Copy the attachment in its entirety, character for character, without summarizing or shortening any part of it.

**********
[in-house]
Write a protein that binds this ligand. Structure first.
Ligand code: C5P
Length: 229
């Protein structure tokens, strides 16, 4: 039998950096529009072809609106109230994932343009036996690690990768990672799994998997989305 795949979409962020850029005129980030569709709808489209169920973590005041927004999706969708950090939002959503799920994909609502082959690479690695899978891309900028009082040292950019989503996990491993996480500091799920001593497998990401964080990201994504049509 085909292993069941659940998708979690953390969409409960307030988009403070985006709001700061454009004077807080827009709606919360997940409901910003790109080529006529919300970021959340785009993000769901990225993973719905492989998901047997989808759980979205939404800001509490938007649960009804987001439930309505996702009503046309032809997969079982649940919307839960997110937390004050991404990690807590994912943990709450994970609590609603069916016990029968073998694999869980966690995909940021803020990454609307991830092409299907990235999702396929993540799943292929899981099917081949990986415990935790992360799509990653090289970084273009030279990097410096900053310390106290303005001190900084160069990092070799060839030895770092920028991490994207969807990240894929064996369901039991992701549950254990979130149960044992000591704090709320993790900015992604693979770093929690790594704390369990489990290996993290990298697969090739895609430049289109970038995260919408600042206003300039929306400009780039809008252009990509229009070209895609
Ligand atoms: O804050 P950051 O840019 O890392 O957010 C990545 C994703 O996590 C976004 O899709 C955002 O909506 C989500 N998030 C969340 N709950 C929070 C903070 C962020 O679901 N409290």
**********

[in-house]
Write a protein that binds this ligand. Structure first.
Ligand code: C5P
Length: 229
């Protein structure tokens, strides 16, 4: 039998950096529009072809609106109230994932343009036996690690990768990672799994998997989305 795949979409962020850029005129980030569709709808489209169920973590005041927004999706969708950090939002959503799920994909609502082959690479690695899978891309900028009082040292950019989503996990491993996480500091799920001593497998990401964080990201994504049509 085909292993069941659940998708979690953390969409409960307030988009403070985006709001700061454009004077807080827009709606919360997940409901910003790109080529006529919300970021959340785009993000769901990225993973719905492989998901047997989808759980979205939404800001509490938007649960009804987001439930309505996702009503046309032809997969079982649940919307839960997110937390004050991404990690807590994912943990709450994970609590609603069916016990029968073998694999869980966690995909940021803020990454609307991830092409299907990235999702396929993540799943292929899981099917081949990986415990935790992360799509990653090289970084273009030279990097410096900053310390106290303005001190900084160069990092070799060839030895770092920028991490994207969807990240894929064996369901039991992701549950254990979130149960044992000591704090709320993790900015992604693979770093929690790594704390369990489990290996993290990298697969090739895609430049289109970038995260919408600042206003300039929306400009780039809008252009990509229009070209895609
Ligand atoms: O804050 P950051 O840019 O890392 O957010 C990545 C994703 O996590 C976004 O899709 C955002 O909506 C989500 N998030 C969340 N709950 C929070 C903070 C962020 O679901 N409290």